Chapter 4

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“You can’t be his younger brother,” said Maelyn. “Rowan had only a sister.”

“I was not born his brother,” said the young man before her throne. “His mother took me in as a child.”

“You were an orphan?” Maelyn asked.

“Yes, my lady. We have that in common.”

Maelyn blinked, stunned at his boldness. Though all of Runa knew her birth story, no one spoke of it. Ever. “And what do they call you?” she asked to change the subject.

“Willow, my lady.” The young man grinned. “The family is fond of trees.”

Maelyn pinched her smile before it spread. The sister was Maple. The father was Spruce. Even Rowan’s infant son had been called Lumen for the ancient trees native to Runa.

Still she felt suspicious. “Why have I never seen you before?” Though she’d noticed him at the burial, he looked too unlike Rowan to be taken for family. Slender and tall. Yellow hair in careless waves. Barely older than herself, she guessed.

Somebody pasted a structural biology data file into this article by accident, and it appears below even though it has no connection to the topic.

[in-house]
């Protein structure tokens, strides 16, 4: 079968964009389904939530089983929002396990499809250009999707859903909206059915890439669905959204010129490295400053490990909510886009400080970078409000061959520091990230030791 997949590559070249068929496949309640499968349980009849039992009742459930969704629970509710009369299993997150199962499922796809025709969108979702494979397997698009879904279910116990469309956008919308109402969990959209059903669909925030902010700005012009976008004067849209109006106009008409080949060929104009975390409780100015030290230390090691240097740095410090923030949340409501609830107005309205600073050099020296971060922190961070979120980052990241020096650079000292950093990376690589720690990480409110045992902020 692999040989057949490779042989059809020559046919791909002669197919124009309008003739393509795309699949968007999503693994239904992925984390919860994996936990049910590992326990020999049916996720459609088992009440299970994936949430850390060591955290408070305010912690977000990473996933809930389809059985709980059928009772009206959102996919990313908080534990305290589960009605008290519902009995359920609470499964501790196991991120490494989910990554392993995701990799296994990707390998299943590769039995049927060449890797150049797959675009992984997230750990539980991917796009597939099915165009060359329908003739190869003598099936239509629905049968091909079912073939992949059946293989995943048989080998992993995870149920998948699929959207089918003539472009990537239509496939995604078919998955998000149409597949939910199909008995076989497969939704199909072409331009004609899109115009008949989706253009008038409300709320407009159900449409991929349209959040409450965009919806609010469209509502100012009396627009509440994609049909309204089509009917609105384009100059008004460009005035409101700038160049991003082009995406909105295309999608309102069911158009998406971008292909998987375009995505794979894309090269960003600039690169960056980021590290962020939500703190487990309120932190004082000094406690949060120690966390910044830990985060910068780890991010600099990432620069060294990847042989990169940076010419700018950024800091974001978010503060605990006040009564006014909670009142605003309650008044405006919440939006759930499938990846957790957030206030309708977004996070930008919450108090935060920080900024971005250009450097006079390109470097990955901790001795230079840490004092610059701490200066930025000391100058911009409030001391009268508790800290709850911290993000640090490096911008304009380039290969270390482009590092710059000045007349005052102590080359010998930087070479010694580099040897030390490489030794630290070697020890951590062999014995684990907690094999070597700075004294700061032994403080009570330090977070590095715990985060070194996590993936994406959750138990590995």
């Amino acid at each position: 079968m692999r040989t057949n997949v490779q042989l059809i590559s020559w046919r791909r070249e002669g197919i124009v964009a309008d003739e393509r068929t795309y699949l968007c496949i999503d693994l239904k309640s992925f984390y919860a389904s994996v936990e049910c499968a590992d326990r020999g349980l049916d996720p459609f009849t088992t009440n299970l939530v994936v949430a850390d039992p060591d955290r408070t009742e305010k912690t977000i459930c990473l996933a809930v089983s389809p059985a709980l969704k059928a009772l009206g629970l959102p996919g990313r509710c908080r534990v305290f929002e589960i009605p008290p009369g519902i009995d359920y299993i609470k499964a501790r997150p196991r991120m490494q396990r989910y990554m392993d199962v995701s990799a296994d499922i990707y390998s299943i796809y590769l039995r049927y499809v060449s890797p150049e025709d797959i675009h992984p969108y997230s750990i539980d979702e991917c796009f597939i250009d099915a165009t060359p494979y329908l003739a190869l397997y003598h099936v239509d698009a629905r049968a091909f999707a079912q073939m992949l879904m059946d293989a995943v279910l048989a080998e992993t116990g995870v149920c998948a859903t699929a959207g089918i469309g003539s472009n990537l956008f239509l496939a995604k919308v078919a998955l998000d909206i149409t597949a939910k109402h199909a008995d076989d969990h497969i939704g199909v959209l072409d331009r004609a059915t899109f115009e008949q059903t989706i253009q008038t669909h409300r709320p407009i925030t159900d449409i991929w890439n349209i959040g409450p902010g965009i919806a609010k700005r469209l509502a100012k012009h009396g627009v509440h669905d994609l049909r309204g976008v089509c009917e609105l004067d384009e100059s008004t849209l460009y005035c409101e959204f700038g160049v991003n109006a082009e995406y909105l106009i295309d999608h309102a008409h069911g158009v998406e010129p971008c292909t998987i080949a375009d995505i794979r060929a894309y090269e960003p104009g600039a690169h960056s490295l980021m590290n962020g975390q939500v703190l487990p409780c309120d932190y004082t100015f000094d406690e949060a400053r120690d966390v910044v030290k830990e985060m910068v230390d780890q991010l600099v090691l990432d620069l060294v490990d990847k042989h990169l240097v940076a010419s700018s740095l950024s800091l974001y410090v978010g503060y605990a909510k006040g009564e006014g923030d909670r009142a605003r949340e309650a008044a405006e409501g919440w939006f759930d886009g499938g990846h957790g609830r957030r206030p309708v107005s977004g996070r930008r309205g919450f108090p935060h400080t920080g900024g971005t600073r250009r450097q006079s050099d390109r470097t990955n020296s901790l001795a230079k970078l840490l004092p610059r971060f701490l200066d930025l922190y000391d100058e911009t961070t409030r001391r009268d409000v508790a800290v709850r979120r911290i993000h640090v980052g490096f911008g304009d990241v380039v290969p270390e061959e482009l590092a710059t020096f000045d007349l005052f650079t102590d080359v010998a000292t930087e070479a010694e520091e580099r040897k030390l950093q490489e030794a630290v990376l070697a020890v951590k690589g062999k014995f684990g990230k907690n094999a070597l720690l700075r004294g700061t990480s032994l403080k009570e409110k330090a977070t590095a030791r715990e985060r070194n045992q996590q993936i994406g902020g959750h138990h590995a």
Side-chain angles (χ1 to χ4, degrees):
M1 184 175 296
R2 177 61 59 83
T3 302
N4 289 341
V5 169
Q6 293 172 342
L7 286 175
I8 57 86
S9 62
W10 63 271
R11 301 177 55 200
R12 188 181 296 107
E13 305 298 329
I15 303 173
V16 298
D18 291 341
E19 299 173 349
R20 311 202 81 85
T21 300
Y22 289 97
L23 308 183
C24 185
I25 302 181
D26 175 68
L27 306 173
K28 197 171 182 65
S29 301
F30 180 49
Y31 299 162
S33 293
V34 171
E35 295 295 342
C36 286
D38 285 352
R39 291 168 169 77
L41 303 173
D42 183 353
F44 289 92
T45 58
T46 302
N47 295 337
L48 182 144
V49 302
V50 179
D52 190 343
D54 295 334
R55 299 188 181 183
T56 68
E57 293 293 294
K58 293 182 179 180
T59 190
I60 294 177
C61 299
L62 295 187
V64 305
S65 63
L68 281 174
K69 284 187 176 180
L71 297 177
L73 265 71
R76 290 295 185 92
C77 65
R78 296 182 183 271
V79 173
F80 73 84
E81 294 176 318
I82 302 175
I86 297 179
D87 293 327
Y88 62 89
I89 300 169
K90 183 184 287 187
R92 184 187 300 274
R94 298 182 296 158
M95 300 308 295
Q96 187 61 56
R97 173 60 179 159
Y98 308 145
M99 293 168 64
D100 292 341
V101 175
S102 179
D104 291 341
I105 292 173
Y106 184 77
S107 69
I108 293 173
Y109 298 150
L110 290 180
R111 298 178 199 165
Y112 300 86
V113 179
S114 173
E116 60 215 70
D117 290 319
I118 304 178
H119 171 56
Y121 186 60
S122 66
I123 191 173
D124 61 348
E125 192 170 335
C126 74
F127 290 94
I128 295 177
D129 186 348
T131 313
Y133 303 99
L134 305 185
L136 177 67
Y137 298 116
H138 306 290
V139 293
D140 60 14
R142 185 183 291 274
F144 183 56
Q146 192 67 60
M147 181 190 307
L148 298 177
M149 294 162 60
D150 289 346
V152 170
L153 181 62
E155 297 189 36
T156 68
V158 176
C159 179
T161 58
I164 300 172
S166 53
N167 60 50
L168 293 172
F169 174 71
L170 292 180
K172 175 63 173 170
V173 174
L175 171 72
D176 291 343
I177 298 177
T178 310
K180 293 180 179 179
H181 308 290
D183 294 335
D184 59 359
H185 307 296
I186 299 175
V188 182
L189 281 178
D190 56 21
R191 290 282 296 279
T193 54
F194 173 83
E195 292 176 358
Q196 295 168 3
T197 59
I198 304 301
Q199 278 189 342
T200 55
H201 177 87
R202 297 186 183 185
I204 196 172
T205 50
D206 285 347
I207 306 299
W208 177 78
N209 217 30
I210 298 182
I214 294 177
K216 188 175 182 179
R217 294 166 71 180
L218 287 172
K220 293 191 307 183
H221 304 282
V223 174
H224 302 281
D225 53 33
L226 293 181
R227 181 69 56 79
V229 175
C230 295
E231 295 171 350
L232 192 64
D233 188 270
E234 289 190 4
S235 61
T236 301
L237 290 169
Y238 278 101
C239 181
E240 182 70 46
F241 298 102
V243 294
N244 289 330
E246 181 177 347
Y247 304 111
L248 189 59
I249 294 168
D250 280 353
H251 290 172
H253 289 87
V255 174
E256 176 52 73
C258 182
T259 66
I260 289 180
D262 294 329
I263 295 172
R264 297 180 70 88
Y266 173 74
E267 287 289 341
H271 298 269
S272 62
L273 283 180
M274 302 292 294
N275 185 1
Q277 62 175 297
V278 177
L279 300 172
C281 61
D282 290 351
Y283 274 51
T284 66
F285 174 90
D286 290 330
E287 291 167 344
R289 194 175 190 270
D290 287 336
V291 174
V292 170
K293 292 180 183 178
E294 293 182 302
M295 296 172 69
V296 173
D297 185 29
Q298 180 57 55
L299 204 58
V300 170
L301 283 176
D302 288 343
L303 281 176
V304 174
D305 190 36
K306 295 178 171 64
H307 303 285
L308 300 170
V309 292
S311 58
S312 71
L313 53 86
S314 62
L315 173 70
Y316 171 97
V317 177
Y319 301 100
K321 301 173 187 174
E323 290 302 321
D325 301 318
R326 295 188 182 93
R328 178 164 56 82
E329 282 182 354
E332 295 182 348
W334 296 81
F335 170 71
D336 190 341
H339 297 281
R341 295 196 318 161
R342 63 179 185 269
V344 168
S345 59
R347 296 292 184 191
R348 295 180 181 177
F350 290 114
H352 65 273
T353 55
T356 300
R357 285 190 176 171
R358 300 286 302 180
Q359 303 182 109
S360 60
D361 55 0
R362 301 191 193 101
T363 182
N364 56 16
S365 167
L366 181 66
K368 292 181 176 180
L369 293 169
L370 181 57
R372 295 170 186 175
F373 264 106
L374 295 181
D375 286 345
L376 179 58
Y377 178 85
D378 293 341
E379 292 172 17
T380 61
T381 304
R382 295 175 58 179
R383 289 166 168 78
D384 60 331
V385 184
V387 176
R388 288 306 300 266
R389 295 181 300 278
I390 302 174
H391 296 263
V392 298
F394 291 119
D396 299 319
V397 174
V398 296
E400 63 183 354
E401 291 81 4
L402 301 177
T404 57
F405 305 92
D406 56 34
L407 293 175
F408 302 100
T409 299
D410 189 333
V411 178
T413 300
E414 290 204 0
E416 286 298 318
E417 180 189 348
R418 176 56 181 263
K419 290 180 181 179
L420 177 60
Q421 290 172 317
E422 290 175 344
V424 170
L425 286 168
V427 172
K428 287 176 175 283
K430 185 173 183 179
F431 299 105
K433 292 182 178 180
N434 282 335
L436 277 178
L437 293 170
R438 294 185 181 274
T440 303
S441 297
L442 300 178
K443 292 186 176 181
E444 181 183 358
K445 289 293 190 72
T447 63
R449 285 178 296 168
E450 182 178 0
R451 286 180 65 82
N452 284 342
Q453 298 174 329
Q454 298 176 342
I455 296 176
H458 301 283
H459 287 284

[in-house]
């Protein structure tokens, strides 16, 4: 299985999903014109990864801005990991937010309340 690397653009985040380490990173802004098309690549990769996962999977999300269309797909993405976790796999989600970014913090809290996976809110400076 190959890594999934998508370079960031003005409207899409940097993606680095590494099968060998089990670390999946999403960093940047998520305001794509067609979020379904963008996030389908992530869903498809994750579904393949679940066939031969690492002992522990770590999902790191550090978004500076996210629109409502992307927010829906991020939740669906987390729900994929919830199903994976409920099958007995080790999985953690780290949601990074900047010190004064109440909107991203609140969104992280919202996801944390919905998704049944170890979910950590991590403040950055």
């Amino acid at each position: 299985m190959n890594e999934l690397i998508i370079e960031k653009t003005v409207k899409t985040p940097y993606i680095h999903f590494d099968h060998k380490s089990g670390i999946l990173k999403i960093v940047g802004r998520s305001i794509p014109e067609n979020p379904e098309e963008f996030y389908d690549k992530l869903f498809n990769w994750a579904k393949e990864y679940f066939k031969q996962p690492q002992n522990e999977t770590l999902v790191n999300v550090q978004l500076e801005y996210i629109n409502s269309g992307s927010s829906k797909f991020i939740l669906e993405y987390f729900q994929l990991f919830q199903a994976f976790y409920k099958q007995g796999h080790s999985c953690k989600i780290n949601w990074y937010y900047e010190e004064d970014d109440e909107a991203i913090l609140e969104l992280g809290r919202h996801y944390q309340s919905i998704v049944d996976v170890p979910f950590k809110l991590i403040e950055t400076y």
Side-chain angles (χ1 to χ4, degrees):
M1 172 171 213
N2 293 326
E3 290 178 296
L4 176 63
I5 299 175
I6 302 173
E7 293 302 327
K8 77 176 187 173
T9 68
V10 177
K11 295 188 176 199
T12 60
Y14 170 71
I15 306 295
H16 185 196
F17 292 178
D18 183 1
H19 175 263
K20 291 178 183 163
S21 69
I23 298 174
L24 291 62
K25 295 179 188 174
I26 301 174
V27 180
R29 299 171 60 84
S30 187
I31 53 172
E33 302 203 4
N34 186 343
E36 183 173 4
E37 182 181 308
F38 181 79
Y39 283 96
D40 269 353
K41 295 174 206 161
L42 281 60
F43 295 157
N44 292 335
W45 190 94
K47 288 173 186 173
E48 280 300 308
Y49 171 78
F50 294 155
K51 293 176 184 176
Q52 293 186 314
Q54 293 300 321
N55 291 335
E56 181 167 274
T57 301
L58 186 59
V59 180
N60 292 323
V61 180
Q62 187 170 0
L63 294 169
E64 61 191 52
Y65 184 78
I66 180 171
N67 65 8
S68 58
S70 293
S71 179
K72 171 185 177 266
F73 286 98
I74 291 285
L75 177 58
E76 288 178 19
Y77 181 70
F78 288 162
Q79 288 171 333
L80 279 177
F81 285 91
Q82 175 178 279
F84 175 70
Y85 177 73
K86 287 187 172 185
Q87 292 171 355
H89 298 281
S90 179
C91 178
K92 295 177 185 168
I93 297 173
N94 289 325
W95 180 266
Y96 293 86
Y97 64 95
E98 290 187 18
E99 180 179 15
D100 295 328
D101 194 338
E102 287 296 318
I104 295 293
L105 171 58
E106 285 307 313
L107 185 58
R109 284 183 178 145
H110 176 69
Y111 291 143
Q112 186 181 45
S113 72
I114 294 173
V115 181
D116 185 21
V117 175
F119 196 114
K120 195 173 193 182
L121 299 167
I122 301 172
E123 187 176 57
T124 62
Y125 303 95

"I don’t venture out much,” said Willow. “I work best in solitude.”

“Yet you wish to be Royal Messenger?” Maelyn lifted her eyebrows. “That means venturing out quite a bit.”

“I do wish it.” Willow’s face grew earnest. “My brother served as your messenger, and his father before him. It would honor me to do the same.”

His voice rang true but Maelyn groaned inwardly. A new messenger meant her uncle’s question must be answered. She wished she had another task for Willow, something to delay sending him to Grunwold….

Maelyn pressed her scepter to her lips for a long moment. “Willow… do you know the Book Miser who lives in Creaklee?”

Willow looked taken aback. “I – I do, my lady. I’ve dealt with him.”

“Does he like you?”

Willow smirked. “Does he like anyone?”

Maelyn laughed, ashamed that she did. “I have your first task.” She reached beneath the legs of her throne and withdrew The Finicky Fairy. “I’m in need of something new to read. Take this to the Book Miser and trade it for whatever he will give you.”

Willow took the book from her outstretched hand and bowed. “My deepest thanks, my lady. I will not fail you.”

He strode for the arched doors at the far end of the throne room. Maelyn relaxed in her chair. How perfect. Her uncle would receive no message. And she would gain a new book without a verbal tussle with that wretched miser.

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